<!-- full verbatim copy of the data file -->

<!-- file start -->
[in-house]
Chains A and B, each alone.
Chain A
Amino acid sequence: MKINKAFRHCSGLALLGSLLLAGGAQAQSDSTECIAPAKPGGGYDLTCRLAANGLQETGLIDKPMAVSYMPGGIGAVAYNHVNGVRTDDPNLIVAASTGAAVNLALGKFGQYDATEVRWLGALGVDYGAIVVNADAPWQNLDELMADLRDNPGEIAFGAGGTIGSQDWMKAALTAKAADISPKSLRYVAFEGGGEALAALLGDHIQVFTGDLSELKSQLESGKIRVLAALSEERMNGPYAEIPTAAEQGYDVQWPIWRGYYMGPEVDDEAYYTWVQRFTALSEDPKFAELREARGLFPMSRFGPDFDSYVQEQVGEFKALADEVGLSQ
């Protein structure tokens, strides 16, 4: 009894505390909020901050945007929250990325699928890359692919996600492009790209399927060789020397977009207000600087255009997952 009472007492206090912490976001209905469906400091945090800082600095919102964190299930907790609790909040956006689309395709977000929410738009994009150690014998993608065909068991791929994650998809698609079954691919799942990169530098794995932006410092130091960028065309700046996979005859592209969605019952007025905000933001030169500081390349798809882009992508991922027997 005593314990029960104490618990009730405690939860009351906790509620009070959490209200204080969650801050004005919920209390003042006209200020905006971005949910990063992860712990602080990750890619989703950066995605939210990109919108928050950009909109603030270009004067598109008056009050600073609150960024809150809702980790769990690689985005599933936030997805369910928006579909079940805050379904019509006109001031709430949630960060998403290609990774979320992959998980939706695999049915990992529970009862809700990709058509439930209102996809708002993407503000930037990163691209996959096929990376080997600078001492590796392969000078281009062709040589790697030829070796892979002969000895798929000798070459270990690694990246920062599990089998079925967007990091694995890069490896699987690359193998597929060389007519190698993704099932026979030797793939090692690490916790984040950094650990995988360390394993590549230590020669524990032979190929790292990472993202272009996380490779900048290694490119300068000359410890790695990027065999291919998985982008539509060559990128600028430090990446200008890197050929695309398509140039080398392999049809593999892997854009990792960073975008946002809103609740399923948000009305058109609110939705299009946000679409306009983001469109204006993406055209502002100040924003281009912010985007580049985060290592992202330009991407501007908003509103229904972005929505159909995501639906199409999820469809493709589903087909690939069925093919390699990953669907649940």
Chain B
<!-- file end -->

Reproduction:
[in-house]
Chains A and B, each alone.
Chain A
Amino acid sequence: MKINKAFRHCSGLALLGSLLLAGGAQAQSDSTECIAPAKPGGGYDLTCRLAANGLQETGLIDKPMAVSYMPGGIGAVAYNHVNGVRTDDPNLIVAASTGAAVNLALGKFGQYDATEVRWLGALGVDYGAIVVNADAPWQNLDELMADLRDNPGEIAFGAGGTIGSQDWMKAALTAKAADISPKSLRYVAFEGGGEALAALLGDHIQVFTGDLSELKSQLESGKIRVLAALSEERMNGPYAEIPTAAEQGYDVQWPIWRGYYMGPEVDDEAYYTWVQRFTALSEDPKFAELREARGLFPMSRFGPDFDSYVQEQVGEFKALADEVGLSQ
């Protein structure tokens, strides 16, 4: 009894505390909020901050945007929250990325699928890359692919996600492009790209399927060789020397977009207000600087255009997952 009472007492206090912490976001209905469906400091945090800082600095919102964190299930907790609790909040956006689309395709977000929410738009994009150690014998993608065909068991791929994650998809698609079954691919799942990169530098794995932006410092130091960028065309700046996979005859592209969605019952007025905000933001030169500081390349798809882009992508991922027997 005593314990029960104490618990009730405690939860009351906790509620009070959490209200204080969650801050004005919920209390003042006209200020905006971005949910990063992860712990602080990750890619989703950066995605939210990109919108928050950009909109603030270009004067598109008056009050600073609150960024809150809702980790769990690689985005599933936030997805369910928006579909079940805050379904019509006109001031709430949630960060998403290609990774979320992959998980939706695999049915990992529970009862809700990709058509439930209102996809708002993407503000930037990163691209996959096929990376080997600078001492590796392969000078281009062709040589790697030829070796892979002969000895798929000798070459270990690694990246920062599990089998079925967007990091694995890069490896699987690359193998597929060389007519190698993704099932026979030797793939090692690490916790984040950094650990995988360390394993590549230590020669524990032979190929790292990472993202272009996380490779900048290694490119300068000359410890790695990027065999291919998985982008539509060559990128600028430090990446200008890197050929695309398509140039080398392999049809593999892997854009990792960073975008946002809103609740399923948000009305058109609110939705299009946000679409306009983001469109204006993406055209502002100040924003281009912010985007580049985060290592992202330009991407501007908003509103229904972005929505159909995501639906199409999820469809493709589903087909690939069925093919390699990953669907649940």
Chain B